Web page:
The Heritage Post 09-2021

Pens as works of art? Doubters could hardly believe this concept until Frank Pressentin sold the first two of his custom-made pens. The hamburger has given up his good and secure job to follow the path of the handmade. He sees himself as an artist and creative craftsman with his brand Elbwood - The Hanseatic Penmaker.

A great article about ELBWOOD - the Hamburg brand for precious writing instruments in: The Heritage Post 09-2021 / Text • Stefanie Kobayashi | Photos • Marcel Bock and Florian Läufer

Frank Pressentin simply built himself a boat - as a counterbalance to his actual work as an social waorker. He had helped set up a social educational facility with 50 employees, a sure thing in a managerial position that he could have pulled through until his retirement. But before he knew it, he was just sitting over Excel spreadsheets, which made him no longer happy. So he gathered all possible information about the boats construction, looked for a mentor and got started in 2014.

“The most important tool is a chair,” Frank learned during his research. Because with such a big project you just have to sit down and wait for inspiration. The inspiration came, but with a different thought: “Well, when I'm done, what do I do then?” The next boat? Then he would need a bigger hall. While dreaming where he was going to go with his self-built boat - which was finished last year - the captains' logbooks came to mind and so he ended up with the art of handwriting. A turning course for pens later, Frank Pressentin found a new hobby and a nice prospect: Much smaller, but also handcrafted.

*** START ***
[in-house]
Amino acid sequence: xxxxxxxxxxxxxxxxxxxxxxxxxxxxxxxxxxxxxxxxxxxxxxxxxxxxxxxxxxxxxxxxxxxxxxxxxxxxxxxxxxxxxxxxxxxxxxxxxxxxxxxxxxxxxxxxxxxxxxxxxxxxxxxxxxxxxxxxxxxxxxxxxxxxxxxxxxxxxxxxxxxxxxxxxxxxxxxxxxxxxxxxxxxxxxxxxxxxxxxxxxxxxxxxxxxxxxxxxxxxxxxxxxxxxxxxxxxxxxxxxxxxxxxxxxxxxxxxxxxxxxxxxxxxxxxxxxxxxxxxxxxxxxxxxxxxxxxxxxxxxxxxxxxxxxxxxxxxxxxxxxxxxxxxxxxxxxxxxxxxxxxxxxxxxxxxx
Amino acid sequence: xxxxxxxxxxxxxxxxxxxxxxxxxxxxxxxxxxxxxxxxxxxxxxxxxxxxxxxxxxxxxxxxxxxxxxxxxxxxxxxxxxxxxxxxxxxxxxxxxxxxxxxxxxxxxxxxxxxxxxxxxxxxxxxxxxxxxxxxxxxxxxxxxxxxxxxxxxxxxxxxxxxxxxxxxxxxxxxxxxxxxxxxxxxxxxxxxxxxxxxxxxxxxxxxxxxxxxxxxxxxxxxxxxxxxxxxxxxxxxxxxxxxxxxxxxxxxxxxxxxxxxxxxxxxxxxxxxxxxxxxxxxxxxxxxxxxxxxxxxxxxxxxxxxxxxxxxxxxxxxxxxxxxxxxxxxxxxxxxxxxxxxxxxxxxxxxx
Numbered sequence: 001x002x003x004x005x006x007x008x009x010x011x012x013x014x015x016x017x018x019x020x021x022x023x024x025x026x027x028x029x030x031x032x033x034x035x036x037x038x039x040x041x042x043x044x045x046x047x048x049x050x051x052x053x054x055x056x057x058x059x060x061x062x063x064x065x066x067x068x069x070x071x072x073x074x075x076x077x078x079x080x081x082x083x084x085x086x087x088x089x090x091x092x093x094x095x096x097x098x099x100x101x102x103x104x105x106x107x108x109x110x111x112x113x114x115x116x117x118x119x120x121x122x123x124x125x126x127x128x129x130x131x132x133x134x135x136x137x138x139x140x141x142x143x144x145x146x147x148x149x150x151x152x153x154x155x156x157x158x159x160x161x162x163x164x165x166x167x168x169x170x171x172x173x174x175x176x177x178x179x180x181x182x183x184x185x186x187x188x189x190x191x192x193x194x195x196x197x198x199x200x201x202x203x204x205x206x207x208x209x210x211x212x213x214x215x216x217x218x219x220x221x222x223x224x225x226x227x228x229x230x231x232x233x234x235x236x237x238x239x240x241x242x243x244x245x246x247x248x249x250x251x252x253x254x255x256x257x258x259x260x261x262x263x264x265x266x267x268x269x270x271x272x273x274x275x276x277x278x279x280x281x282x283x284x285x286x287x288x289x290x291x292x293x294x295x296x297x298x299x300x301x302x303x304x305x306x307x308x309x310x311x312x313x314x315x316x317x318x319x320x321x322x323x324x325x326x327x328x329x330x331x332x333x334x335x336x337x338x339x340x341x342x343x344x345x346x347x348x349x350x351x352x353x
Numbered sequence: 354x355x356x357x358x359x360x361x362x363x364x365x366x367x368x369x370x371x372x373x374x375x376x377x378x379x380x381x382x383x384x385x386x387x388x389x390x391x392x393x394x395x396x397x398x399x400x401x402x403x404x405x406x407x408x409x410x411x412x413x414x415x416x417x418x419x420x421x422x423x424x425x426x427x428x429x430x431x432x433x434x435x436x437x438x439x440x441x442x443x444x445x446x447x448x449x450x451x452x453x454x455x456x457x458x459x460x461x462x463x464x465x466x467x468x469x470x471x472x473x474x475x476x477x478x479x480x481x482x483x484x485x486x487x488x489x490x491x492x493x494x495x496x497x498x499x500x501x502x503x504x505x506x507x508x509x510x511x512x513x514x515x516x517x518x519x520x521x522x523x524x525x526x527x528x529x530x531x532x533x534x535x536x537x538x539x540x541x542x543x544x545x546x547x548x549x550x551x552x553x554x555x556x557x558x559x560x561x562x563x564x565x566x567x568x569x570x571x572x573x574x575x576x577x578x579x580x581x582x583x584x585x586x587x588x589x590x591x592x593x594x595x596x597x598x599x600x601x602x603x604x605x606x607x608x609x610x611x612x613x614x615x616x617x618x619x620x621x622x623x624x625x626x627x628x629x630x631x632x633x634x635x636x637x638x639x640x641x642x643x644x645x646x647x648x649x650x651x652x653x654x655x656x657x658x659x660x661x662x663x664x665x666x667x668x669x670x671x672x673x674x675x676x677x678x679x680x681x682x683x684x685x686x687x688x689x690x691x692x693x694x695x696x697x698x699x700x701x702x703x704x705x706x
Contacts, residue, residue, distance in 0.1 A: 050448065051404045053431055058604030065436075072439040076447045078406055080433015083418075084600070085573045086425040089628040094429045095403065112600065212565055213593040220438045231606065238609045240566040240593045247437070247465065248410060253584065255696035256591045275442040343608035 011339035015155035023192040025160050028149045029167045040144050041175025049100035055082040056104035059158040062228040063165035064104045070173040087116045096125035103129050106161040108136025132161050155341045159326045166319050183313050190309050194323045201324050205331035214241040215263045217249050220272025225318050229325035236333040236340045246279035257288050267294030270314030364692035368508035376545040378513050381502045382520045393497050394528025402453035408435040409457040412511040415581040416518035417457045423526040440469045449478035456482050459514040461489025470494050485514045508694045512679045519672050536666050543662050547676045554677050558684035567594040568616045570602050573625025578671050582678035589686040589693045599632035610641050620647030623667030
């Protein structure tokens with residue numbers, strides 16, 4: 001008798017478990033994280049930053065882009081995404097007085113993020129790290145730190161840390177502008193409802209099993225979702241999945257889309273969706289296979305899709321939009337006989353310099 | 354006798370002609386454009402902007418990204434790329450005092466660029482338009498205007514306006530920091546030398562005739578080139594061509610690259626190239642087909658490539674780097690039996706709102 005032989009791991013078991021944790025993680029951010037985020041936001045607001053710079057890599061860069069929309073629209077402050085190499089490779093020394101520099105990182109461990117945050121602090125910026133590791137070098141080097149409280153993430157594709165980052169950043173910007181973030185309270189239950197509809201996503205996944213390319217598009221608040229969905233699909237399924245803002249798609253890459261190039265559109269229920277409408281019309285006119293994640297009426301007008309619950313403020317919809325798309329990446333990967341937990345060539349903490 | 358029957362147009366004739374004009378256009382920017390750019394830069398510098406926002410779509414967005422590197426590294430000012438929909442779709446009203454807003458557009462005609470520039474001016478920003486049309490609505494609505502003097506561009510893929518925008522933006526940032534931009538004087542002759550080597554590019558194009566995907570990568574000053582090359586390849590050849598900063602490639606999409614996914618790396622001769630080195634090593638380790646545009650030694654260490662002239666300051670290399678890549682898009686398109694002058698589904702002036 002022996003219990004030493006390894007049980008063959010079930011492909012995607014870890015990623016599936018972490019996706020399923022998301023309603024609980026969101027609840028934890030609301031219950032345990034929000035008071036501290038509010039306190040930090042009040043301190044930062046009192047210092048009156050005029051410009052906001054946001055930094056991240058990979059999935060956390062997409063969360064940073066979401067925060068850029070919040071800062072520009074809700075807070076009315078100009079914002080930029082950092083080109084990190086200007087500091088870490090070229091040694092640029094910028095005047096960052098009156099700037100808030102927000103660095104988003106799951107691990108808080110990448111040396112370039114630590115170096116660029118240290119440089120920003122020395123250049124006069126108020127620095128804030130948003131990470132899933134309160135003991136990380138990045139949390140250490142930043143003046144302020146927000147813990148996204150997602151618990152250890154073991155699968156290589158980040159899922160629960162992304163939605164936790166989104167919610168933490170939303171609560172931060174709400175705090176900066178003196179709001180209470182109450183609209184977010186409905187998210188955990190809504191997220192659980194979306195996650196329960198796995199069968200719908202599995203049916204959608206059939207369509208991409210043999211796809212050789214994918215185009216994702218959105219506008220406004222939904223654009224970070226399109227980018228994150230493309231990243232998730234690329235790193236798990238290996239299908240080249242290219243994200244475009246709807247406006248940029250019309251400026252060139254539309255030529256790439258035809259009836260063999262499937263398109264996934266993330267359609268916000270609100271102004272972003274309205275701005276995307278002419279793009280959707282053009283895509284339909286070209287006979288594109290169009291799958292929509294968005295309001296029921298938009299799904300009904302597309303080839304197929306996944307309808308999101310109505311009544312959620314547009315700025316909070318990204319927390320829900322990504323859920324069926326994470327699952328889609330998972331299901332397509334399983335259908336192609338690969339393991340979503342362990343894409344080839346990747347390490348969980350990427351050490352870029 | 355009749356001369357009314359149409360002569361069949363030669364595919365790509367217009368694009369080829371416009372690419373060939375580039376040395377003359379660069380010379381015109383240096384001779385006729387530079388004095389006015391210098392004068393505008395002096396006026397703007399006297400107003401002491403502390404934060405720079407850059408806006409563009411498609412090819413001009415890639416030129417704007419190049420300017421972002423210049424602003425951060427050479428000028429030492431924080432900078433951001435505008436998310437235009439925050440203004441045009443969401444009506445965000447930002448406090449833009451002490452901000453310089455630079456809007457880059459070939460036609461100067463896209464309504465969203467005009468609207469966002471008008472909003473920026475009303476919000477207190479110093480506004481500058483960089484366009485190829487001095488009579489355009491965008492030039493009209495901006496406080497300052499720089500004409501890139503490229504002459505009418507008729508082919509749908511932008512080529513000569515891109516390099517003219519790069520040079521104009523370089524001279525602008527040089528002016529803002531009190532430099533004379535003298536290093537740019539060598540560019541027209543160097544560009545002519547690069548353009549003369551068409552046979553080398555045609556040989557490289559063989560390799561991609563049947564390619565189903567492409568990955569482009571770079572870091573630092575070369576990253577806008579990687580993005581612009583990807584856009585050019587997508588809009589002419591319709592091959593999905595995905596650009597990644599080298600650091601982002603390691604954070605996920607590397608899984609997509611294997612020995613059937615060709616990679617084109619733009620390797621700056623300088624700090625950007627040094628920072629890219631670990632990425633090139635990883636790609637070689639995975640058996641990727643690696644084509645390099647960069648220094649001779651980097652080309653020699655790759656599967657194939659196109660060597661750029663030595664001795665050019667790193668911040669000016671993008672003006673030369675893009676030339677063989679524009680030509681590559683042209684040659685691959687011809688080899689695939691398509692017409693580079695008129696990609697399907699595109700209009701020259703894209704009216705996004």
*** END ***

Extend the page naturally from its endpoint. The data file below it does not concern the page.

In addition to his actual work, the hanseatic penmaker opened a small shop, which was planned like a showroom. Open on two days and by appointment. In retrospect, he realized what an effort it was to run the business and clean his showcase in the Port of Hamburg, parallel to his job and his workshop at at home. But at the same time he was very lucky with his neighbor. A violin maker was right next door and so joint events were held, including small concerts with the marvelous Elbphilharmoniker. So the store was good for its reputation and market research. Frank found out that there are customers who value his highly individualized pens, but that he also needs a product in order to be successful in the long term that people can take with them straight away. Some people want to buy when they like something and don't wait several more weeks.

In the meantime, Frank has given up the shop because it threw him out off balance. A step backwards? Absolutely not, because this decision and the experience he had made with the business meant that he now wanted to concentrate fully on Elbwood in his home studio/atelier. Of course, there were doubters among friends and family who could not imagine that people would be willing to spend four-digit amounts on a custom-made pen.

With an exquisite selection of metals such as 935 silver, mokume-gane damask and copper, special woods such as ebony and tuya burl or even fine ebonite, Frank turns wishes into unique pieces. "I work - like a sculpturer- from the solid material and prefer materials with character." It is a process that takes so long that it has to be expensive. Accordingly, the Elbwood penss are not banal everyday objects, but applied art objects for everyday use. The people around him, who know him really well, support him with the knowledge: "If we don't let him, he won't be happy."

For the impatient - but also as a basic edition - in addition to custom-made products, there is also the Pocketmaster, a hand-made fountain pen in a small series with a minimalist, elegant design language made of brushed brass. At 55 grams, the closed ten centimeter pen is nice and heavy in the hand and it glides over the paper like a ship through the sea with its JoWo nib made exclusively for Elbwood in either 18k gold or stainless steel. The nibs are also the only things that Frank Pressentin gives out of the house. Further small series design objects , including a candlestick made out of patinized brass, will be added shortly.

The Hanseatic Penmaker loves materials with “self-will” and accordingly his pens will change over time, develop patine, become more beautiful and so will be able to tell stories. If you don't like that, you can polish it up again. "Emotions are transferred to the work via the hand" and that applies to both production and writing.